At 7am, the rain was lighter so I leapt out of the tent, stripped it down and started splish sploshing up the soggy trail into the mist. It got really quite cold, rainy and unpleasant as I approached the Refuge de Juclar. I expected to have the place to myself so was surprised when I walked in to find about 30 school kids all looking like they'd had one heck of a party the night before.

Once more into the mist and rain, and I was soon over the Port l'Albe to leave Andorra for France. The descent was super rough and rocky, and played havoc with my sore toes. I stopped at the first big lake to try to dry my sodden shoes and re-tape my toes which were in a terrible state. A group of 3 French hikers suddenly appeared and we had a bit of a chat, before I got a move on for the descent to l'Hospitalet.

I was expecting some sort of shop at l'Hospitalet, but there was nothing open apart from the Hotel du Puymorens. I made myself comfortable in the vestibule, and ordered coffees & croissants and tried to get my shoes dried out, and re-taped my toes. Soon the 3 French hikers who I'd seen earlier appeared. We had some more chat and all decided to walk to the Refuge des Besines later in the afternoon. I had planned to go a bit further, but without any food, the staffed refuge seemed a better option.

The hike to the refuge was on easy graded trails and took just under 2 hours at a fairly rapid pace. This gave plenty of time for dossing around and recovering and for eating the most enormous amount of food during the evening meal. A good social evening.

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Monday, July 18, 2011

Day 18 - Pla de Boet to Camping d'Incles

18th July 2011

HRP - Day 18

Once again I was up and away before daybreak. It was actually pretty cold this morning with frost on the ground as I hiked up to Port de Boet 2509m. I reached the pass just after sunrise, and was greeted with a stunning cloud inversion on the French side.

The descent was pretty rough as I descended into thick freezing fog to reach Etang de la Soucarrane. I was very glad I hadn't pressed on the night before, since this would have been a grim place to camp. The next section was more or less pathless and involved thrashing through tussocky wet grass and undergrowth to eventually pop out on a dirt road.

My shoes were now soaked and full of water, so I spent a few minutes wringing out my socks and trying to dry my shoes to some extent. It was much easier hiking now up to the Port de Rat 2540m which drops over into Andorra. Also the weather was brightening up, and there was an easy descent to La Coma bar/restaurant in El Serrat ski area. I took some time here to re-group and to dry my kit, taking over a couple of the tables.

It was still quite cold and windy despite the bright sunshine, but on the descent to El Serrat the temperature picked up, and for the first time in a few days it was actually warm and sunny. Before reaching El Serrat the road branches upwards and turns into a dirt track to reach Refugi de Sorteny. I stopped at the water point to re-fill, and to eat before pressing on through wonderful meadows full of alpine flowers.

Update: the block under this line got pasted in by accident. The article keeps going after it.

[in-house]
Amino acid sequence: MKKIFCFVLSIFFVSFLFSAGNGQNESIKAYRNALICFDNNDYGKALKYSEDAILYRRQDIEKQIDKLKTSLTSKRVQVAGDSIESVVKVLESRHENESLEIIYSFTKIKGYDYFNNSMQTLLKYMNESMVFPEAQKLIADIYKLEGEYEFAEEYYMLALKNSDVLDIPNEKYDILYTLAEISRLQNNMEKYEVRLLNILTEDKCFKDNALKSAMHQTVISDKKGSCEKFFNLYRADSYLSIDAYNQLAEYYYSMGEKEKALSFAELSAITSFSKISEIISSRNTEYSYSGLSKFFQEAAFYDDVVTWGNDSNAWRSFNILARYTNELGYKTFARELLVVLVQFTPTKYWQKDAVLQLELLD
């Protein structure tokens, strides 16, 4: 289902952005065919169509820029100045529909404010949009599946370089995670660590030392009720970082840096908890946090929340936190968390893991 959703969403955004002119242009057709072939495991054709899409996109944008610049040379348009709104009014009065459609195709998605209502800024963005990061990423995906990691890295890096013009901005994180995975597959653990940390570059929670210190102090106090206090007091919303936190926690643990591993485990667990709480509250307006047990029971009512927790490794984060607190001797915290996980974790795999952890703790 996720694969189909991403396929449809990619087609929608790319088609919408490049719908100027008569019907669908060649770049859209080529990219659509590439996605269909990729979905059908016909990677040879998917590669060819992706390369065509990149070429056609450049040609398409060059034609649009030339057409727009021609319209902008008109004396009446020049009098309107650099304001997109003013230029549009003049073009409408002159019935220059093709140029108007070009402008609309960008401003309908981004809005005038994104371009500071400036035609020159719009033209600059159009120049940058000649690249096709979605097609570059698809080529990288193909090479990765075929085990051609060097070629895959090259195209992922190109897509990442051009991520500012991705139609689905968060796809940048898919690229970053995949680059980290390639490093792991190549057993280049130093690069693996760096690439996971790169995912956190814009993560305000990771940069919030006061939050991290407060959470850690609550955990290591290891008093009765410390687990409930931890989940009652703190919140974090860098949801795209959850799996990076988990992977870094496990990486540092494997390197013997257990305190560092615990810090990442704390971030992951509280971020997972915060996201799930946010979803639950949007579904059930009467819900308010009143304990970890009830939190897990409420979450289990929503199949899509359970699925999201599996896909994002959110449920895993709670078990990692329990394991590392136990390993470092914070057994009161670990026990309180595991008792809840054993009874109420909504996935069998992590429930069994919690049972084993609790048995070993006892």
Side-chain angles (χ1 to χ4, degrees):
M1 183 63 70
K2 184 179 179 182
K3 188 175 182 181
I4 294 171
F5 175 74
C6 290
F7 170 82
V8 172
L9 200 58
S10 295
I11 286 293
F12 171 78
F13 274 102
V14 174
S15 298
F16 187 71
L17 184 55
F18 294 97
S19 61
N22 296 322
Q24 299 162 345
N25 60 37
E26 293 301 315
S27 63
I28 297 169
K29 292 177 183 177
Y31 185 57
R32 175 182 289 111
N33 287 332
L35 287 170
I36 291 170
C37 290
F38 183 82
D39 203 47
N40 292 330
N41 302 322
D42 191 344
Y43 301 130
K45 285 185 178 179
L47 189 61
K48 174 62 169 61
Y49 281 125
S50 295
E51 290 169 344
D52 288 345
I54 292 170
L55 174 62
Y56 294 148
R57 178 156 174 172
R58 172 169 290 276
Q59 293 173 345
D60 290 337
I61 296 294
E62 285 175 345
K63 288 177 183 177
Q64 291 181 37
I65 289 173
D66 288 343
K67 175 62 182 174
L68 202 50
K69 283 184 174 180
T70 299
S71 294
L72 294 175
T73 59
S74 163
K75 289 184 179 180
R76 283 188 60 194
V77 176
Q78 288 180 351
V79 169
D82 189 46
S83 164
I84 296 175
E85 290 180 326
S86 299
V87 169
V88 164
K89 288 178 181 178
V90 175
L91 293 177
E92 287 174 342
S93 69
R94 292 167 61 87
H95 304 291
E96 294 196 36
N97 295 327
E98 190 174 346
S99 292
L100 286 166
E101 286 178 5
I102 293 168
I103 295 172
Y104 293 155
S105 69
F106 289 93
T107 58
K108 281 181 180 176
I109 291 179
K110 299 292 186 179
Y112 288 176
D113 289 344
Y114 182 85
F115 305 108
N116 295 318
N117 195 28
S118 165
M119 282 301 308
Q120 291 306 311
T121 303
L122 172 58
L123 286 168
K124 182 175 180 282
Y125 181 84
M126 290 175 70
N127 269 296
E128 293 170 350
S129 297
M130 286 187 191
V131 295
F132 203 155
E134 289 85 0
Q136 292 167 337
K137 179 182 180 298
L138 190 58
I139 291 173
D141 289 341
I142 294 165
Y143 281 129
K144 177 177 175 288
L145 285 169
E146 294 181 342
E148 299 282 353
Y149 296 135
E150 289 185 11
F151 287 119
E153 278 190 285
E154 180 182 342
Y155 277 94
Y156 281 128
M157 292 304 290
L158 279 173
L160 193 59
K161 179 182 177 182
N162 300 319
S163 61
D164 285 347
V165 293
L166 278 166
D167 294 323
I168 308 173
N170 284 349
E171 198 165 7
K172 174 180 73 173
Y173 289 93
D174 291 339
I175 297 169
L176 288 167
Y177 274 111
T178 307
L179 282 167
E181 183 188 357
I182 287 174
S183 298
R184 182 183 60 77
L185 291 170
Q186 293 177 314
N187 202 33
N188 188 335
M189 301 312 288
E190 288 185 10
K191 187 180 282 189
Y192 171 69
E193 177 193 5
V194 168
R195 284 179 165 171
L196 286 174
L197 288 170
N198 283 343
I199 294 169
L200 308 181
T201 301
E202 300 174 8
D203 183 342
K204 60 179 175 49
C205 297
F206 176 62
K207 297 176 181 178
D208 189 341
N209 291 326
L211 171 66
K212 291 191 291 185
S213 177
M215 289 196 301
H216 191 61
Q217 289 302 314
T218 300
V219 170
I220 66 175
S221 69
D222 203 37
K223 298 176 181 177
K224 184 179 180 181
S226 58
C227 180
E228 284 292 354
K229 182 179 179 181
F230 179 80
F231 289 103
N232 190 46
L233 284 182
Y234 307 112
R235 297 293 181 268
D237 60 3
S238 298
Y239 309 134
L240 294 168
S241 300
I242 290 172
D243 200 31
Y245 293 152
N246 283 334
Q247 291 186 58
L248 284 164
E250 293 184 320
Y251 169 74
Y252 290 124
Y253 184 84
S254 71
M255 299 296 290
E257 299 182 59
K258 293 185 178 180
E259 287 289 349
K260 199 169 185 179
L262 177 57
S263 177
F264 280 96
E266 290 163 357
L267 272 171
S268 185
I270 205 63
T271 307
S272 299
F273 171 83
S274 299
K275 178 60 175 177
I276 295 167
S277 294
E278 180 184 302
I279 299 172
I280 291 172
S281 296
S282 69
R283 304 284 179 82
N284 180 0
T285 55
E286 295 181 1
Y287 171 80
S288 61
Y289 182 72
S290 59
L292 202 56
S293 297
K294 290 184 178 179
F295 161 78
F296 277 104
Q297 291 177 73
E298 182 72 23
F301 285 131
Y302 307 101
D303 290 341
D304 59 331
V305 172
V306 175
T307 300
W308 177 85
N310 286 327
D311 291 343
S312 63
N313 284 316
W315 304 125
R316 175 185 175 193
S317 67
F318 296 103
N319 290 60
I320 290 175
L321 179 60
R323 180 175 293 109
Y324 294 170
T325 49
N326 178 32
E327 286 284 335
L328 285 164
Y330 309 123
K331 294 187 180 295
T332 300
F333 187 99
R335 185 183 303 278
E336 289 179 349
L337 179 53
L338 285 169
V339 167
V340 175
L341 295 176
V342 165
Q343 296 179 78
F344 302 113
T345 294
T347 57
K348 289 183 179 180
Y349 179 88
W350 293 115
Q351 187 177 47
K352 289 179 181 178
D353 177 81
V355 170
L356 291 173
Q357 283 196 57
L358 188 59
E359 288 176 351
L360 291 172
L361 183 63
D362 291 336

The next section of trail lead easily to the Collada dels Meners 2713m, where I caught up with a Frenchman also hiking the HRP. We then hiked together as far as Cabana Coms de Jan, where he planned to stay the night. I thought I might be able to reach Refugi de Juclar, however the continuation trail had far more ascent than anticipated, so once I'd reached Cabana Sorda I decided to drop down into the valley to Camping d'Incles. This turned out to be a good plan as I found out later on.

Camping d'Incles was a grim and depressing spot with no facilities, but I found a small patch of grass good enough to pitch the tent. During the night I felt unwell and was sick, and was anxious that I'd got food poisoning.

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Sunday, July 17, 2011

Day 17 - Graus to Pla de Boet

17th July 2011

HRP - Day 17

Today I was up an away from the Graus campsite before daybreak, to re-join the HRP at Noarre by 7am. On the climb up to Coll de Certascan 2605m the weather wasn't looking too great, and I reached the Refugi de Certascan by 11am, just before it started absolutely chucking it down with rain.

It was quite comforting being inside sheltered from the elements, drinking coffee and having an early lunch. However I wasn't that keen about stepping outside again into the freezing pouring rain. Just after midday I braced myself to continue along the slippery rocky trail, in full waterproofs.

Luckily the rain soon eased, and I found a much better descent to Pla de Boavi than described in the guidebook. I simply followed red and white markers that dropped you into the valley a few hundred metres downstream of the large flat area occupied by schoolkids on a holiday camp.

My target for the afternoon was to see whether I could cross the Port de Boet back into France. The next section of trail was perfectly graded zig-zags through forest that made for rapid progress to the Coll de Sellente 2240m. The trail then got rougher past the Refugi de Cinquantenari, so it took a bit longer than expected to reach the Pla de Boet. It was now after 7pm, and I didn't fancy the 600m climb to Port de Boet so late in the day, so decided to camp at the furthest end of the Pla de Boet and enjoy the evening sunshine.